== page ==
Post # 13
Member
311 posts
Helper bee
  • Wedding: October 2008

Hmm… I think of it totally differently.  At Jewish weddings, the groom actually lowers the veil over the bride’s face before the ceremony – as a way to say that he is accepting her not just for her outer beauty, but her inner beauty as well.  I don’t see it as hiding anything.

Post # 14
Member
244 posts
Helper bee
  • Wedding: May 2008

I think wearing the veil is a personal choice but deciding to wear one or not based on the old symbolism is kind of silly…almost EVERYTHING in a wedding has a connection to old sexist symbolism.  So if you don’t wear a veil cause you think it has weird symbolism then by the same logic you really shouldn’t wear a white dress, or carry flowers cause that use to symbolize fertility, or  have a bouquet toss, or garter toss, and don’t even think of cutting the cake and feeding each other cause that has all sorts of crazy fertility symbolism as well. 

There is just no way to get around the fact that a wedding use to be a business transaction where ownership of a woman was passed from one man to another.

The point is that none of these things mean what they use to so I wouldn’t get caught up in it.  No one sees you in a white dress and veil and thinks "oh look a virgin!"  It’s pretty much a fashion choice now. Do you like the way it looks and do you feel comfortable? If not don’t wear it.  If so, go for it.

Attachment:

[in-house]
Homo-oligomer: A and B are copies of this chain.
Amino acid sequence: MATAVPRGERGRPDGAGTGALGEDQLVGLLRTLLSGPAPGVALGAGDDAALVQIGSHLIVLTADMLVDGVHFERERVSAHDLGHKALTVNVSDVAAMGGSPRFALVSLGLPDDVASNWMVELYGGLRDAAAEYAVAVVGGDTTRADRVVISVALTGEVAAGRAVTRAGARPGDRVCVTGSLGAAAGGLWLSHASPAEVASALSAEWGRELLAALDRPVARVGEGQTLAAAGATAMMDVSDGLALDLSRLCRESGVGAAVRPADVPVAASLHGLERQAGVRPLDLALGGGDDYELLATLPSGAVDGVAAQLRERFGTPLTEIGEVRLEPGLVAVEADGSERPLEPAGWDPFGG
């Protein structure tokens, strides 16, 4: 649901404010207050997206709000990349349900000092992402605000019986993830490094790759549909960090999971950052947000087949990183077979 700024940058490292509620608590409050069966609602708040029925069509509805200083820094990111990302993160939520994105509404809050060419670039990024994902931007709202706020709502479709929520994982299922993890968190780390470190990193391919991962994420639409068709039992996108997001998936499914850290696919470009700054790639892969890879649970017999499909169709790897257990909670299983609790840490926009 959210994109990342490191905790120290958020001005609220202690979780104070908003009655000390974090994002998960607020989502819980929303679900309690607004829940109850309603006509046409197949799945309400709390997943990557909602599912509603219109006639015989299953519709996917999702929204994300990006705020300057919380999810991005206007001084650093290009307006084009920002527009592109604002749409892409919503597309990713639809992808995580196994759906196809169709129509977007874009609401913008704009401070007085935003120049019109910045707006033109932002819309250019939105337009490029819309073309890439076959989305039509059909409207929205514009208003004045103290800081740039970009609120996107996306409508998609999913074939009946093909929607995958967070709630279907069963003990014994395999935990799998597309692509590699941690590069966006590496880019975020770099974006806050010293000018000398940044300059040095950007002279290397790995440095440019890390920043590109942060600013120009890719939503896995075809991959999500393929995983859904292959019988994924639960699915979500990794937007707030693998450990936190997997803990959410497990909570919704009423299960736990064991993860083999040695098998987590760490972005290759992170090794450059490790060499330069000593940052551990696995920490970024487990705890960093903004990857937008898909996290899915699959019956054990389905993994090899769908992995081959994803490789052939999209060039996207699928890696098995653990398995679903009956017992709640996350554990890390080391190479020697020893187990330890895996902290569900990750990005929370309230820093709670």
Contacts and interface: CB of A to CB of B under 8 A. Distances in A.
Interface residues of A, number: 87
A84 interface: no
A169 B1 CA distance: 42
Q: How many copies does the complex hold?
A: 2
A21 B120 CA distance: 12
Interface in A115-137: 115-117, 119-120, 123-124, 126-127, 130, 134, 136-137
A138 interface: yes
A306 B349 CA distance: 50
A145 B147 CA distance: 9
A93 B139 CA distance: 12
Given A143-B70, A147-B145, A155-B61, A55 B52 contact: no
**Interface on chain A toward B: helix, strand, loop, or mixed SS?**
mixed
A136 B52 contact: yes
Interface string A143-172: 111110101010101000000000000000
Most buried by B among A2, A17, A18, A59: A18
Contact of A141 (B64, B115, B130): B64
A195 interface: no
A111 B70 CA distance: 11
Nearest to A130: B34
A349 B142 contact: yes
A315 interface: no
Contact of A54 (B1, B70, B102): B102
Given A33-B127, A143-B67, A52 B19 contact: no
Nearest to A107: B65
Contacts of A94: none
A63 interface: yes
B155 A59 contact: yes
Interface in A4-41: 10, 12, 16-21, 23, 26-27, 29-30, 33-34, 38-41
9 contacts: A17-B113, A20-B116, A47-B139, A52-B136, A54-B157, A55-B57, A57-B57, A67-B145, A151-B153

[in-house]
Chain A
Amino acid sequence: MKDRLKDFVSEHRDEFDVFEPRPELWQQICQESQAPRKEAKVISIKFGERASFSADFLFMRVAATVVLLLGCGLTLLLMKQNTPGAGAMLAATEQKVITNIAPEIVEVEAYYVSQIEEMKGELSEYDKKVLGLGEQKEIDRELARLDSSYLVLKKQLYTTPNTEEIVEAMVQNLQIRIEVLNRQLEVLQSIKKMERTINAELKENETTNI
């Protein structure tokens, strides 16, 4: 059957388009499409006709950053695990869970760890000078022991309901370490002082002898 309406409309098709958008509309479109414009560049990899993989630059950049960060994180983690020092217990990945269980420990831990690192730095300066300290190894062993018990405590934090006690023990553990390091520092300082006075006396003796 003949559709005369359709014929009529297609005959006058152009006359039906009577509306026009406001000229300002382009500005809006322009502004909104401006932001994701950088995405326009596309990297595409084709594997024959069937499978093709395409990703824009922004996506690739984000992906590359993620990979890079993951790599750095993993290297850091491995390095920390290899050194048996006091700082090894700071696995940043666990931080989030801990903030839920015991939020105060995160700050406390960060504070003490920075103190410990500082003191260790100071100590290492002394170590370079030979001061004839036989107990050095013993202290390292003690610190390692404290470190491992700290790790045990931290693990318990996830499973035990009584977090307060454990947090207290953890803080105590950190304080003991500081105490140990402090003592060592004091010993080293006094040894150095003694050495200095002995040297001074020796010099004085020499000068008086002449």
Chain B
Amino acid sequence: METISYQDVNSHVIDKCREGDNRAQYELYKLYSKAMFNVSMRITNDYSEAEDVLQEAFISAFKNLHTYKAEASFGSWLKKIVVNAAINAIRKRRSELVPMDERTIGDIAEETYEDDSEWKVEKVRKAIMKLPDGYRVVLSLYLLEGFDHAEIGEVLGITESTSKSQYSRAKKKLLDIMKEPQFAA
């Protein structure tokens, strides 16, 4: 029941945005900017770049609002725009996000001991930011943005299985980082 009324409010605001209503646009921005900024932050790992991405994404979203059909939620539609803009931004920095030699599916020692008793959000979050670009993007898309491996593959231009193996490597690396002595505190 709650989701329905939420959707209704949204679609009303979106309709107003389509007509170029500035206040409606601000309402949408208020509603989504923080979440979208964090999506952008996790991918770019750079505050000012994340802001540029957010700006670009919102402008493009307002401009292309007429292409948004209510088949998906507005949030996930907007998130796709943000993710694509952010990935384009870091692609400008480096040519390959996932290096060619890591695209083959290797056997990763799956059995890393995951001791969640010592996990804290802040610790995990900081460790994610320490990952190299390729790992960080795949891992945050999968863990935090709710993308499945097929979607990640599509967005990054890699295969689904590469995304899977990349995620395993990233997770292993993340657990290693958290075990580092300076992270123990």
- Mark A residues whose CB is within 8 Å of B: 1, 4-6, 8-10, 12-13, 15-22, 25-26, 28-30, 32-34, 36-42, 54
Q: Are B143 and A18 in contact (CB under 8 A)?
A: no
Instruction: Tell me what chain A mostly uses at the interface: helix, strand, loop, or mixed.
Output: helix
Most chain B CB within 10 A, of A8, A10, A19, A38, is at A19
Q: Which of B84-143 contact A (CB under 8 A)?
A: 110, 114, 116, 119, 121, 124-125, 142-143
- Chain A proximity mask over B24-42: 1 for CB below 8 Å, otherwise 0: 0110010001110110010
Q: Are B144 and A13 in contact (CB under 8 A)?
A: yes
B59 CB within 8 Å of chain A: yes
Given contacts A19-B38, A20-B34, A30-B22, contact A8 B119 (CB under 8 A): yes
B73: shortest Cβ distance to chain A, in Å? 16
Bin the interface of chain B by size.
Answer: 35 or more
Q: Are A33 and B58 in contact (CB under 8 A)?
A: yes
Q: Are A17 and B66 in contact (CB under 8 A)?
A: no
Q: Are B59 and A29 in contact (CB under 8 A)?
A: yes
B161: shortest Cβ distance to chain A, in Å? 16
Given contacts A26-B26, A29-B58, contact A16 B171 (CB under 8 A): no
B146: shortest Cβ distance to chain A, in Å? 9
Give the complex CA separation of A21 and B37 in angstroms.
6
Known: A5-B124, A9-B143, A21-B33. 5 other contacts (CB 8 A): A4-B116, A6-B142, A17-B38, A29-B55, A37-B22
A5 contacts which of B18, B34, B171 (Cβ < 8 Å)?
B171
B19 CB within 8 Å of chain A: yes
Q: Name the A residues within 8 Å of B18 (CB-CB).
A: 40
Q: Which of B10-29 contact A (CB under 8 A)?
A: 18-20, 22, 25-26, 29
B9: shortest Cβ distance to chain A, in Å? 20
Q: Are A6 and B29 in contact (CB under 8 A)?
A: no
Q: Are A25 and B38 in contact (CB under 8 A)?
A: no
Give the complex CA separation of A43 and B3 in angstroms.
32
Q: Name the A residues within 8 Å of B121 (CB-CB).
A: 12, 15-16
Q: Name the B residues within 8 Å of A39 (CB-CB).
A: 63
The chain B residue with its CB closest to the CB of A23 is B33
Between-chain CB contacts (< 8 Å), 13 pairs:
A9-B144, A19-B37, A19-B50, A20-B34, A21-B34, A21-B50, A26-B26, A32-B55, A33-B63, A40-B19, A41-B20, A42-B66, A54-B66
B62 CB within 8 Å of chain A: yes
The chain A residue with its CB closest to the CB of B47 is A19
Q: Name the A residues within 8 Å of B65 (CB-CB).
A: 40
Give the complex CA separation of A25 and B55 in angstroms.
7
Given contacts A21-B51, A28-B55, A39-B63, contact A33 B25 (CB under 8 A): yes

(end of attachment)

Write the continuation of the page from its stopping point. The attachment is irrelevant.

Post # 15
Member
471 posts
Helper bee
  • Wedding: September 2008

EK,

There are so many things done in a Jewish wedding that makes me want to have one! The symbolism is amazing. What you mentioned, the glass breaking…I love it!!!!!! 

It would be strange to do it anyway, huh?  

Post # 16
Member
228 posts
Helper bee

It was because of a lot of that symbolism that we didn’t do any of the things mentioned, BB.  Maybe a wedding used to be a transaction, but eliminating certain aspects of it isn’t really futile either.  Kind of like how some women choose not to change their last name upon marriage because of what it used to mean.

And many people still do associate the white dress with a woman’s sexual status.  (I got a lot of flak about my non-white dress and what it might cause people to think of me *insert eye roll*)

I’m all for if you like it, go for it, but there’s also nothing wrong with objecting to something on principle.